A small tarn led to Summit Number 3 - Hawk Rigg, at 441 metres the highest point of this entire trip, but very windy.

1113toHawkRigg

A little further on was Summit Number 4 - Haystacks (421 metres), featuring Roger trying not to get blown away, and snow clad Wetherlam behind us.

1115haystacks2

Summit Number 5 was Blake Rigg (423 metres) – there was quite a breeze up there. Five down, five to go.

1119blakerigg3

After some unnecessary faffing by four of the party (Tilberthwaite Gill being the easy obstacle that they were reluctant to step across) Roger, Viv, Peter and Barbara deigned to join Kath and me for lunch in a sheltered spot in Yewdale Moss.

1121lunch

Excellent miner's paths past some wonderful wild camping pitches led to Hole Rake, and much evidence of mining. We'd skirted around the upland plateau of Yewdale Moss. Eventually we gained Summit Number 6 - Kitty Crag (435 metres). There was a good view down to Coniston Water.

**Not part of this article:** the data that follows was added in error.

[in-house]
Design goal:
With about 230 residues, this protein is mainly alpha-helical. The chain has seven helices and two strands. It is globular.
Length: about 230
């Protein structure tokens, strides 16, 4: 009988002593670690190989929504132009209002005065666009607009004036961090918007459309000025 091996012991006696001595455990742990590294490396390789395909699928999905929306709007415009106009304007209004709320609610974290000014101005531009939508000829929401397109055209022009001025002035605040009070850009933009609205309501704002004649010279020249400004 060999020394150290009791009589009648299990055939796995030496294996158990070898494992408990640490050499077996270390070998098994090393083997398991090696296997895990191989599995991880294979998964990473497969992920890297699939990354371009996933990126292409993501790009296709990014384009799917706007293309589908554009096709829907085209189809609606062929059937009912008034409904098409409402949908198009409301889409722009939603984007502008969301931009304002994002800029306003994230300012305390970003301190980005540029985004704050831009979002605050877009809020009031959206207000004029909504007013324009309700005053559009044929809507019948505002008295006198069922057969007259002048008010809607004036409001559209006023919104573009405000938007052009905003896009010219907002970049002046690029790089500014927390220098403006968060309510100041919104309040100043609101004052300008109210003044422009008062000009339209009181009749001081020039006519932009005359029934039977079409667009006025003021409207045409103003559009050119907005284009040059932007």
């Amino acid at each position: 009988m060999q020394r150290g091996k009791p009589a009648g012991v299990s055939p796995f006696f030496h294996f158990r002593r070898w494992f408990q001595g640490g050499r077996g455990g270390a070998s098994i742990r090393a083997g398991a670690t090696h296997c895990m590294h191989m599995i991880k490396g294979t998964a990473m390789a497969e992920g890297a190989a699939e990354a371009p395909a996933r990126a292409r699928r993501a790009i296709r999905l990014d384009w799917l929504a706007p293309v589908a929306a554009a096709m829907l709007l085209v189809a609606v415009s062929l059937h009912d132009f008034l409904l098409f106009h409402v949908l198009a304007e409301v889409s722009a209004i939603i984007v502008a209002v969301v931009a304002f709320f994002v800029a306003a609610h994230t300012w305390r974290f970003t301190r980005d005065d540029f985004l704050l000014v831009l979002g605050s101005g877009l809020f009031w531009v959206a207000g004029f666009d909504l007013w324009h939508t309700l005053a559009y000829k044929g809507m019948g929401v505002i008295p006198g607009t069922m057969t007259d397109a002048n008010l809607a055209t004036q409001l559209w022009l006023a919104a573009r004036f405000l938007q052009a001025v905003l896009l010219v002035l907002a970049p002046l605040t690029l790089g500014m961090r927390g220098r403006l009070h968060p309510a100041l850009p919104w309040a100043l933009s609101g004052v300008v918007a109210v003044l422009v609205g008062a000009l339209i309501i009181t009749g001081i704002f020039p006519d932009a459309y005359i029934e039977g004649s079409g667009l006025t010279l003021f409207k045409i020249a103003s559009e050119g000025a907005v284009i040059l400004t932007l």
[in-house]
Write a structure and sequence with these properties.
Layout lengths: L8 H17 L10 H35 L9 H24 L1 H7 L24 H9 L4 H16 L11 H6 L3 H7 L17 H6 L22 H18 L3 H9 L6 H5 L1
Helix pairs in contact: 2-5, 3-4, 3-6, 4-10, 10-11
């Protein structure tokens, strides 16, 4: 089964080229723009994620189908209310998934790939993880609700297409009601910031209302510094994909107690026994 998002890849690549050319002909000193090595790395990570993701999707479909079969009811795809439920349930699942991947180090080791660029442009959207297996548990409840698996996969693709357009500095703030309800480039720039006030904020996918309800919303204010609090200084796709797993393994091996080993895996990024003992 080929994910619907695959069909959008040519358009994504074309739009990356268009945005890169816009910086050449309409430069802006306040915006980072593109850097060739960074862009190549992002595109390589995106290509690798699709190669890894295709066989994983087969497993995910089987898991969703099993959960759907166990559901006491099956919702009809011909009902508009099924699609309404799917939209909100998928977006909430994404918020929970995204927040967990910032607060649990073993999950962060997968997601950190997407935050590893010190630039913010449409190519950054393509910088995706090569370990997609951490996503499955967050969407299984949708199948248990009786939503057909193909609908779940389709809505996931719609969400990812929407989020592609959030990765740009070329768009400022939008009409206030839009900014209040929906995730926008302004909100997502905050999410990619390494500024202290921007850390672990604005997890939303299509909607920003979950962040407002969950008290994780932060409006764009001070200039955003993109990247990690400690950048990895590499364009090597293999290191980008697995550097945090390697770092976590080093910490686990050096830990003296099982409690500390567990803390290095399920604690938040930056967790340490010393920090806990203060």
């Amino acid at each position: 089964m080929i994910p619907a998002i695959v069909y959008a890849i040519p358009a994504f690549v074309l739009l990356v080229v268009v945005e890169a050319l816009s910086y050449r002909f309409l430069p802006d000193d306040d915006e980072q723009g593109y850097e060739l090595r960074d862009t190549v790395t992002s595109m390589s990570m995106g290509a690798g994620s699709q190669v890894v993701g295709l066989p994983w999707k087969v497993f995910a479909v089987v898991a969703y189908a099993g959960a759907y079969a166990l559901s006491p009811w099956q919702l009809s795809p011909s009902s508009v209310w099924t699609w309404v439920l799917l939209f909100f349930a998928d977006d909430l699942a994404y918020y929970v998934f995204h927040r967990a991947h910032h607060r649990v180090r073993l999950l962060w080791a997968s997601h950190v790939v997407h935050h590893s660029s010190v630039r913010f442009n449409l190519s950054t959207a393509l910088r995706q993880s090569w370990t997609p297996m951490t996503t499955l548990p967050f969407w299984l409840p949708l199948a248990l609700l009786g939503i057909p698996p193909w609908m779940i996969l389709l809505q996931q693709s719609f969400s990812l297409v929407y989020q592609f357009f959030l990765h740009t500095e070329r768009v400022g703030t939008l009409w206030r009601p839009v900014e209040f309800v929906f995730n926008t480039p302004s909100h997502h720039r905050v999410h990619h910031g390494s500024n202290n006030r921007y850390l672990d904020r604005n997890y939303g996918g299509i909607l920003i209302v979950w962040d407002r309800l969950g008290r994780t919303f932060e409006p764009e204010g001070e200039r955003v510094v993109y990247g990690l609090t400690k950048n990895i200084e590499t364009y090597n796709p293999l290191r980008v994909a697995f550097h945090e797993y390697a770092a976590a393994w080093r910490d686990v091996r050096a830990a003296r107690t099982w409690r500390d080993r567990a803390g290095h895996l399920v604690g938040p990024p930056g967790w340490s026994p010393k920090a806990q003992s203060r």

1127kittycrag2

Ghyll Head was just about visible from Kitty Crag, across a distant Windermere.

Here we are at the next top - Summit Number 7 - Long Crag on Yewdale Fells (421 metres). There's a dished shield of rock on the top of Long Crag on which Roger and Barbara enjoyed a snooze.

1131LongCrag2

A little further on we reached Summit Number 8 - High Wythow (410 metres). It was going well. Everyone seemed happy despite the unnaturally short (for the LDWA) length of the walk.

1133HighWythow2

It was largely downhill to Summit Number 9 - Low Wythow (372 metres). The wind was a bit kinder here.

1137LowWythow4